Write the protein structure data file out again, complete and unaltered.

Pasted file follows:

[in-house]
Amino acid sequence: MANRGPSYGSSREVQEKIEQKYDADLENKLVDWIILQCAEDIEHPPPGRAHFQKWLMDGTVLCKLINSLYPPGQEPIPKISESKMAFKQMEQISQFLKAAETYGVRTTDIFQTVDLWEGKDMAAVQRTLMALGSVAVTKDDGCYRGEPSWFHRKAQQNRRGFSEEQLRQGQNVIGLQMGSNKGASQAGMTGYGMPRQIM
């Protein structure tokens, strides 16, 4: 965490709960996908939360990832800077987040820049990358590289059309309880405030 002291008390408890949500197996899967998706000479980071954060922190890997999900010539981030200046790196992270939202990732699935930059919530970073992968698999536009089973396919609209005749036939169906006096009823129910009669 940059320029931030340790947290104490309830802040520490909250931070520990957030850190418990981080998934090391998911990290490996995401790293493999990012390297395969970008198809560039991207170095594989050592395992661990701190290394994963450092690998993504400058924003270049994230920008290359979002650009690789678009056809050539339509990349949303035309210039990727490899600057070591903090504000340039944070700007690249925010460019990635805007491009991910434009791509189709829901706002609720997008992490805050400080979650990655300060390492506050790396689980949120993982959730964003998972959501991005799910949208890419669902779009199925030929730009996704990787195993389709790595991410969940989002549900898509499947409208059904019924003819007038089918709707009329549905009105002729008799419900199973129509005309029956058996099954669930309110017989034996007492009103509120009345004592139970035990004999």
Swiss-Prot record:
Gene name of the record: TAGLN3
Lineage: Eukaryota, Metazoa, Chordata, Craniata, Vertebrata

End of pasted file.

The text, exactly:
[in-house]
Amino acid sequence: MANRGPSYGSSREVQEKIEQKYDADLENKLVDWIILQCAEDIEHPPPGRAHFQKWLMDGTVLCKLINSLYPPGQEPIPKISESKMAFKQMEQISQFLKAAETYGVRTTDIFQTVDLWEGKDMAAVQRTLMALGSVAVTKDDGCYRGEPSWFHRKAQQNRRGFSEEQLRQGQNVIGLQMGSNKGASQAGMTGYGMPRQIM
């Protein structure tokens, strides 16, 4: 965490709960996908939360990832800077987040820049990358590289059309309880405030 002291008390408890949500197996899967998706000479980071954060922190890997999900010539981030200046790196992270939202990732699935930059919530970073992968698999536009089973396919609209005749036939169906006096009823129910009669 940059320029931030340790947290104490309830802040520490909250931070520990957030850190418990981080998934090391998911990290490996995401790293493999990012390297395969970008198809560039991207170095594989050592395992661990701190290394994963450092690998993504400058924003270049994230920008290359979002650009690789678009056809050539339509990349949303035309210039990727490899600057070591903090504000340039944070700007690249925010460019990635805007491009991910434009791509189709829901706002609720997008992490805050400080979650990655300060390492506050790396689980949120993982959730964003998972959501991005799910949208890419669902779009199925030929730009996704990787195993389709790595991410969940989002549900898509499947409208059904019924003819007038089918709707009329549905009105002729008799419900199973129509005309029956058996099954669930309110017989034996007492009103509120009345004592139970035990004999």
Swiss-Prot record:
Gene name of the record: TAGLN3
Lineage: Eukaryota, Metazoa, Chordata, Craniata, Vertebrata